The museum's gift shop. ( Image credit Walker Aviation Museum Foundation)

The museum. ( Image credit Walker Aviation Museum Foundation)

If your travels ever take you near Roswell, New Mexico, you might consider a visit to the Walker Aviation Museum and this closed military facility in southeastern New Mexico.

Screen Shot 2013-12-21 at 8.53.19 PMAlan Armstrong is an aviation lawyer in Atlanta. He is listed in Martindale Hubbell’s publication of Preeminent Lawyers. Alan has spoken frequently on topics of aviation law to pilots and aviation groups. He has testified before the House Aviation Subcommittee and conducted a mock trial at Sun-N-Fun. A commercial pilot with flight instructor privileges, Alan has flown a number of vintage aircraft. Along with two other pilots, Alan owns and flies a replica Nakajima B5N2 Kate bomber, and he is a pilot in the Dixie Wing of the Commemorative Air Force. The replica Kate bomber was built for  and flown in the 20th Century Fox film, “Tora! Tora! Tora!” More details on that aircraft may be found at www.japanesebomber.com.

79 Comments

  1. Clifford Morgan says:

    Walker AFB closed in 1968, not 1963. I was stationed there from Sept 1964 until July 1967.

    • The paragraph title “A Victim to Base Closing during the Vietnam War” made no sense if the base closed in 1963. 1968 makes a lot of sense in this context.

  2. David Fistman says:

    I was stationed at Roswel A.F.B. from 1960-1963 l did aircraft sheetmetal on B-52s and KC -135s . Also on various other aircraft. We stopped at the base about five years ago. My old barraks was still there. (I was in the 6th FMS squadron).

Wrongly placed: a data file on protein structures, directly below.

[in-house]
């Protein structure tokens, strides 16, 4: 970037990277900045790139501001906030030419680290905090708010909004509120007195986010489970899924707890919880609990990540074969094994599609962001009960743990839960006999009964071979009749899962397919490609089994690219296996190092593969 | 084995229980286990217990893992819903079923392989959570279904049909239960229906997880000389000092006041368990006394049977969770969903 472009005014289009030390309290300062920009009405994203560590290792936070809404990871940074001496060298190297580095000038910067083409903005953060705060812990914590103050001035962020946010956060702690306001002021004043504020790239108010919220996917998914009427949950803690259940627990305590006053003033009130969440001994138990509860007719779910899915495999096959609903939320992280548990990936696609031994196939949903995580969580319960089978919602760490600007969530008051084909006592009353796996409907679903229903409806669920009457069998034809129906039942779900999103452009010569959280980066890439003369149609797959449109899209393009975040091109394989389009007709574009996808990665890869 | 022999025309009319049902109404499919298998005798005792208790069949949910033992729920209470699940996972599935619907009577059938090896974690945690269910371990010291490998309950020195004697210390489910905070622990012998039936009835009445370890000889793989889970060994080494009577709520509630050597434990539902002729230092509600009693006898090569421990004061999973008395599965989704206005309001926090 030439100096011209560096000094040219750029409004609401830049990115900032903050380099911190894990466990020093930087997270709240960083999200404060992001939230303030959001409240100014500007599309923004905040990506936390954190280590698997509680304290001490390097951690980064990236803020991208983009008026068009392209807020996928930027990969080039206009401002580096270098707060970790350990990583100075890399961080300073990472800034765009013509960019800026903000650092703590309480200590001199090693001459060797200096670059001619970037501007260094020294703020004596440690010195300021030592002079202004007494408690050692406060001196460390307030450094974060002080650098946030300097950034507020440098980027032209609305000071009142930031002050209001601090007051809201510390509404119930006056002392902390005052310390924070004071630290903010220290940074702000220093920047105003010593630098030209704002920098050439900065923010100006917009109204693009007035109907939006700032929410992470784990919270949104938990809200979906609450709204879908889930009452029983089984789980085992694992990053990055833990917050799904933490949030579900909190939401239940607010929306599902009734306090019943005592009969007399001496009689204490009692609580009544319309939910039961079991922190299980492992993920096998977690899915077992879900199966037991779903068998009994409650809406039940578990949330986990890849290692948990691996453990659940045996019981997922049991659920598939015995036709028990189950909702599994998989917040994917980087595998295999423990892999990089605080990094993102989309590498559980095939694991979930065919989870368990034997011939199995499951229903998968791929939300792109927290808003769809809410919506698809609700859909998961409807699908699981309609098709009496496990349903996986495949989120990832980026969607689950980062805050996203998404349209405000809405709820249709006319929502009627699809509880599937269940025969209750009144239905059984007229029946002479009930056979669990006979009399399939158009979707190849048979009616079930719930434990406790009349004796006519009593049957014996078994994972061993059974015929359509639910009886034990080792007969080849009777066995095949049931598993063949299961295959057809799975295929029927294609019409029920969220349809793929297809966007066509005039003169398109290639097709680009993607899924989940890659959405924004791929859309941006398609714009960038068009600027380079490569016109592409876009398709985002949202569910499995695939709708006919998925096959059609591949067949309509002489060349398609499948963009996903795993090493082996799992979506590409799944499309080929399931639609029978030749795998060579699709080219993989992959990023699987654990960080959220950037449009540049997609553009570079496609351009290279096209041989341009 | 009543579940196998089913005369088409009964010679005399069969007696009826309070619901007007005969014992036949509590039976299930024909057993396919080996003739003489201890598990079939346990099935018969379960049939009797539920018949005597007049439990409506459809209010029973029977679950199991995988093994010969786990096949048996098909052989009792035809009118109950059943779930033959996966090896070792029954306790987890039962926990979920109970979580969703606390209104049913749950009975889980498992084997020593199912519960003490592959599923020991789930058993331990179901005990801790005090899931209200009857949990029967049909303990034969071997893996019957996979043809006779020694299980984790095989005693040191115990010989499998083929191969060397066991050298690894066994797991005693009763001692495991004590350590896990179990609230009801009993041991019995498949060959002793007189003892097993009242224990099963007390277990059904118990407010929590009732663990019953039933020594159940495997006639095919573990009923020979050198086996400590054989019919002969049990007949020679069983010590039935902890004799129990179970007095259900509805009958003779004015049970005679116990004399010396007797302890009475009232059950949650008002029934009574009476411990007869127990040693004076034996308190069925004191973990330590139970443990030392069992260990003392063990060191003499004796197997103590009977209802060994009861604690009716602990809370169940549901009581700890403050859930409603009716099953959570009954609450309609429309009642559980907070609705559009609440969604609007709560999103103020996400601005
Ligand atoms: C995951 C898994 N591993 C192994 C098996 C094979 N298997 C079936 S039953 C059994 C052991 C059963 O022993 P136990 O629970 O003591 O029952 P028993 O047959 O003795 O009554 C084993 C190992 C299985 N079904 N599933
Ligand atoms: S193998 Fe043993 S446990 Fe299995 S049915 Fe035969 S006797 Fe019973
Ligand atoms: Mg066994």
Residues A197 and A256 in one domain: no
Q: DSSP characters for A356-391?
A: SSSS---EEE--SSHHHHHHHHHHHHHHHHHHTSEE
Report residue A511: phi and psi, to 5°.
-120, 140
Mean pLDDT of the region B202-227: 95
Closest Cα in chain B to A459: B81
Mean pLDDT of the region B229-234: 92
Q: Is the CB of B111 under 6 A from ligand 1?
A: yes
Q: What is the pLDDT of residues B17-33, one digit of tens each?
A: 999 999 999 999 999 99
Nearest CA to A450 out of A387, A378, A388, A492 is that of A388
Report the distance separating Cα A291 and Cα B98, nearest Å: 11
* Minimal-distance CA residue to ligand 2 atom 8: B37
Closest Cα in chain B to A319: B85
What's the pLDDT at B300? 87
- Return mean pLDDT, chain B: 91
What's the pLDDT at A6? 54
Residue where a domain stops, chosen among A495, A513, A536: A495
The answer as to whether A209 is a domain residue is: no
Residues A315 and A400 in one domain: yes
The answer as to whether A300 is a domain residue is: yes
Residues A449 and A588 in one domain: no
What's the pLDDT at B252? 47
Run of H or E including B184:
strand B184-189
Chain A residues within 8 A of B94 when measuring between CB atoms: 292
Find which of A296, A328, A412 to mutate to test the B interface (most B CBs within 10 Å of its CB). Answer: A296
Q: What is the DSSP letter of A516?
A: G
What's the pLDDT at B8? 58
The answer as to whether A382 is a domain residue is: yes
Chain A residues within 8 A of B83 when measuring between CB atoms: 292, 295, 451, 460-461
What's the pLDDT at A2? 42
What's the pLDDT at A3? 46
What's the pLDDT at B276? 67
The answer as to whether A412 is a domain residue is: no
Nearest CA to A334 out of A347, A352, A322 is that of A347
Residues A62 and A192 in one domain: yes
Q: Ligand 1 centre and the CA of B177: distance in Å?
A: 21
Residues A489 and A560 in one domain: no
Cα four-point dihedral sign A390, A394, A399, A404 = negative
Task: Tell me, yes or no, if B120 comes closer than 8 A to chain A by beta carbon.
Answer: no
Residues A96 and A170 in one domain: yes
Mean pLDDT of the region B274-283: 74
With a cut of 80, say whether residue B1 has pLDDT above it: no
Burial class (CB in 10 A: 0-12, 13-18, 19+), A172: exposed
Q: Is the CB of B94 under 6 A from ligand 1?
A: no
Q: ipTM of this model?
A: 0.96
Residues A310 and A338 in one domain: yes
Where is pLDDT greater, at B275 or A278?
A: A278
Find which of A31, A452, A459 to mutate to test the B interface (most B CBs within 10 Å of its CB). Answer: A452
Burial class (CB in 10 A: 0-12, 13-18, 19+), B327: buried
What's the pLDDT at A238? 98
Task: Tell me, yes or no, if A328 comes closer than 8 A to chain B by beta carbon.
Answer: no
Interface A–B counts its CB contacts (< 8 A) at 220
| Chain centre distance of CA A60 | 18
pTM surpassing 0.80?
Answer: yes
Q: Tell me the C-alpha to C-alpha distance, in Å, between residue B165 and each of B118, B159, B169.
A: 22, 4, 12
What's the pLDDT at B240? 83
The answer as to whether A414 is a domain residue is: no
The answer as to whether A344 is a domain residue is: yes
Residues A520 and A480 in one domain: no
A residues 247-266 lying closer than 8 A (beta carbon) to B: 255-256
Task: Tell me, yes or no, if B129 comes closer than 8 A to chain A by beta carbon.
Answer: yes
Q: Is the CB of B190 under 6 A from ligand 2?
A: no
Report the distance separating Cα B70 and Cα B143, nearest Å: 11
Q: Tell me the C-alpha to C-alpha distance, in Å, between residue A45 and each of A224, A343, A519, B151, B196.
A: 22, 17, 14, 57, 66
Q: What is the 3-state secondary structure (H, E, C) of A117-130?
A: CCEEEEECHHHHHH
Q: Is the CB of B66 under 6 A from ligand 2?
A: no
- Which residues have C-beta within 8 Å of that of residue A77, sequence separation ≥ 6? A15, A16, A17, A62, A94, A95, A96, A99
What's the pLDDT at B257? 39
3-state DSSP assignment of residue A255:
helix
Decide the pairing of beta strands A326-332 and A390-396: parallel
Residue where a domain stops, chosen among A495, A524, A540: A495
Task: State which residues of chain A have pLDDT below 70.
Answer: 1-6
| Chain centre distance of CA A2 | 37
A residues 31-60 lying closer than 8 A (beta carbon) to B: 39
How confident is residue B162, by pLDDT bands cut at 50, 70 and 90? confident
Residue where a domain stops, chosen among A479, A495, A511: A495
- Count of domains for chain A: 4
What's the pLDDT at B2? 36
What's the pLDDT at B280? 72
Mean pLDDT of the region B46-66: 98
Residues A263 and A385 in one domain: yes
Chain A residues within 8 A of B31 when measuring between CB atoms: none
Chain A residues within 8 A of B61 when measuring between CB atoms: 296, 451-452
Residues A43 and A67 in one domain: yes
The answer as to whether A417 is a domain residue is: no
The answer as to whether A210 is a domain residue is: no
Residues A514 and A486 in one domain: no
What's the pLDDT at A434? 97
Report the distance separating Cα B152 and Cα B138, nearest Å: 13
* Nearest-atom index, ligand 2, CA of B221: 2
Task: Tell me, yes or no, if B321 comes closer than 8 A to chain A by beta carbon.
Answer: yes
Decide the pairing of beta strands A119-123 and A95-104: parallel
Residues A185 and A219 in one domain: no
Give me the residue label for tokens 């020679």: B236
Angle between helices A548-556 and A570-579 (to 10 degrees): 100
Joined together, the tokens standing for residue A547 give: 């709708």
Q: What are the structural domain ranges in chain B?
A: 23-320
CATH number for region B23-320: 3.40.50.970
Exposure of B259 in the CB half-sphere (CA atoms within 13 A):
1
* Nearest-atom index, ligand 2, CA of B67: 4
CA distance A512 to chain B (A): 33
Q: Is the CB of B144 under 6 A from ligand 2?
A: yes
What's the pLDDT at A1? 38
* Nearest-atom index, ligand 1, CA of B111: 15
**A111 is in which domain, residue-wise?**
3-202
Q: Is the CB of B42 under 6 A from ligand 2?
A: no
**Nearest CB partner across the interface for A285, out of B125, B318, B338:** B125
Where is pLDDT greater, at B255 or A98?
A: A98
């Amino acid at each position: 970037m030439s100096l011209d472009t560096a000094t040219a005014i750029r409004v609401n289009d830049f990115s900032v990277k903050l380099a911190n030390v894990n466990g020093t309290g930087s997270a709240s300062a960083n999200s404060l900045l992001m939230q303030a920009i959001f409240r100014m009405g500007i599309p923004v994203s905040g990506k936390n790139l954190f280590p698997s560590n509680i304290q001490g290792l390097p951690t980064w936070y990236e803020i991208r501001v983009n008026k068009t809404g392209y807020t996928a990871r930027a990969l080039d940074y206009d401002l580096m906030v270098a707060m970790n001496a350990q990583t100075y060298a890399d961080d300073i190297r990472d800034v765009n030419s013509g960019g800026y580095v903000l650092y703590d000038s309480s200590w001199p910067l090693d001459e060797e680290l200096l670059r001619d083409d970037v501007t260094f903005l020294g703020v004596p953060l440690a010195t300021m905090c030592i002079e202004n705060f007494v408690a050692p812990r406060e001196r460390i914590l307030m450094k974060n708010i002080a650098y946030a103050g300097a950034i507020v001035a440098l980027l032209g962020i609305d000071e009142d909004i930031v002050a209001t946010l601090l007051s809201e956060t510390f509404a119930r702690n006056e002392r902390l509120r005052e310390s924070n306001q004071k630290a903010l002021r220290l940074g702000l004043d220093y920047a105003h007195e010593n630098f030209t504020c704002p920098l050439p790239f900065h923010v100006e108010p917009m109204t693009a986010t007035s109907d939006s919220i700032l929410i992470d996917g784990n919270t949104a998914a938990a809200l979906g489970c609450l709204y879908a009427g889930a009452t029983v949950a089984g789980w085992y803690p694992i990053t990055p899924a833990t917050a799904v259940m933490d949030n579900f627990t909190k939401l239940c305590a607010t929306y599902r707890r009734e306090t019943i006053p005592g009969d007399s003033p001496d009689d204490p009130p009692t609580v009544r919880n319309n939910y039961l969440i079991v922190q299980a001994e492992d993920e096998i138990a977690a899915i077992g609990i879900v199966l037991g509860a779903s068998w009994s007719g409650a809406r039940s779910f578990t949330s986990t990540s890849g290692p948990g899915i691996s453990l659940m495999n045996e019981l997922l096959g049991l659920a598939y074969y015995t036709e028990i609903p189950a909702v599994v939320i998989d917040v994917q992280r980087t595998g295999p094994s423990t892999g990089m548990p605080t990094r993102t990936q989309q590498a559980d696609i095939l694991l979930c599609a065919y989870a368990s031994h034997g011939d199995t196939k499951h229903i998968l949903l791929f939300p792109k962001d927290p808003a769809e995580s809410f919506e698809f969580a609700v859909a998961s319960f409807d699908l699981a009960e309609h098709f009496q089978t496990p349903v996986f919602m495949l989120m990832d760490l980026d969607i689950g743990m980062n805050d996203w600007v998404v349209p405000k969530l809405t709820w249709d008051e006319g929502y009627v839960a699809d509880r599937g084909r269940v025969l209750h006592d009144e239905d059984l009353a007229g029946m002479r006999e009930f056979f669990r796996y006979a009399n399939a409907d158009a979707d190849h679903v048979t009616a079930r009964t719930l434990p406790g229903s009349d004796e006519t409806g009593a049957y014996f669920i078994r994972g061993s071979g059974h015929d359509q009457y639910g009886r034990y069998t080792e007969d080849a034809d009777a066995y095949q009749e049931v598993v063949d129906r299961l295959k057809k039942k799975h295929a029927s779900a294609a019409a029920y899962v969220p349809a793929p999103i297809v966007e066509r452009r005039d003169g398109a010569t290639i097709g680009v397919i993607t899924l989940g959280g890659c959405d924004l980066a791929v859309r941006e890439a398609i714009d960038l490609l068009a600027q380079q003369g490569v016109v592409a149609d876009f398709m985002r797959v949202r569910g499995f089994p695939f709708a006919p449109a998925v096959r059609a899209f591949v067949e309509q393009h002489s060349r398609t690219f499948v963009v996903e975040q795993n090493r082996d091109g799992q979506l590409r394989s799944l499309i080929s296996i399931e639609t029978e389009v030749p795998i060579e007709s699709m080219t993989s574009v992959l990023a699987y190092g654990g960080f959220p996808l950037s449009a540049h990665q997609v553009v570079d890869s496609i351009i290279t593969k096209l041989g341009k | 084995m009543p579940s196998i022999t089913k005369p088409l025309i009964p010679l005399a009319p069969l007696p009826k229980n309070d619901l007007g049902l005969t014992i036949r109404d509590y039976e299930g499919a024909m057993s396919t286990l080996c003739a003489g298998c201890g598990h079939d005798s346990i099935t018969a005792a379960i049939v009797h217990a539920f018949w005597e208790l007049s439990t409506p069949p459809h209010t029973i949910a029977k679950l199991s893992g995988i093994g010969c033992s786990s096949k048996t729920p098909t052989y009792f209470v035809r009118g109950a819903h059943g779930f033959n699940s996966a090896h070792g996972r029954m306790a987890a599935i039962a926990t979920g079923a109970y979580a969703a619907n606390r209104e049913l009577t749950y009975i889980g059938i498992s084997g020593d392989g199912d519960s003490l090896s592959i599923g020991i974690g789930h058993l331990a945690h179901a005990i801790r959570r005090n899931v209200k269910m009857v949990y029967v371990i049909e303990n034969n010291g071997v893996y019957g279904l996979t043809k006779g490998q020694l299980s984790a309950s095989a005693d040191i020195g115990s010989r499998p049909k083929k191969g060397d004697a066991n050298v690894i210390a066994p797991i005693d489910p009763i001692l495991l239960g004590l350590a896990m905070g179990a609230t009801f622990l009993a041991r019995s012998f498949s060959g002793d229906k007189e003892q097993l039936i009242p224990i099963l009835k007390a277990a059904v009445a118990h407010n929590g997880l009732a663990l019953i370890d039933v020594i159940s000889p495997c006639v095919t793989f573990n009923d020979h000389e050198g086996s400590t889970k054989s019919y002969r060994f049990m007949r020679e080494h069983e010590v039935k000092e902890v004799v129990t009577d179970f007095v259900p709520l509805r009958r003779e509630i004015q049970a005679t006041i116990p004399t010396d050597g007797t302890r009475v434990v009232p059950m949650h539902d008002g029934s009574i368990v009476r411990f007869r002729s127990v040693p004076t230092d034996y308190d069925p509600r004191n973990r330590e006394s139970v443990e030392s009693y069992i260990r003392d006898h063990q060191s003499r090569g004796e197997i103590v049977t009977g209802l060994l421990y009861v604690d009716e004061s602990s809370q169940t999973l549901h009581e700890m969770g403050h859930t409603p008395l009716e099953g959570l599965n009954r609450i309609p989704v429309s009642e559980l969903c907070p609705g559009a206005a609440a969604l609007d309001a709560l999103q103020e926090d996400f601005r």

3. Terri Tucker says:

    My father Billy Cox was stationed at Walker Air Force Base in 1964 . We are looking for some of his pictures . My father passed away 9-11-13
    I know he went to boot camp in Lakeland Air Force Base 1964 then went to Roswell NM . I’m just trying to find out where I need to look.
    Thank you

  4. Robert Ellison says:

    My pop was recalled to Walker in 1947 and flew in the 509th through Pease AFB. Wyatt Duzenberry was pop’s flight engineer thru B-29’s and B-50’s. 100th was also at Walker vibrating all the nails out of the walls.

  5. My Dad was stationed at Walker AFB from 1949-1958 and was in the 509th wing, 830 squadron. I was born there in 1954. He was a navigator/bombadeer. The wing was transferred to Pease AFB in 1958 and he was transferred along with his crew. My Mom is still living and she remembers so much about their life there.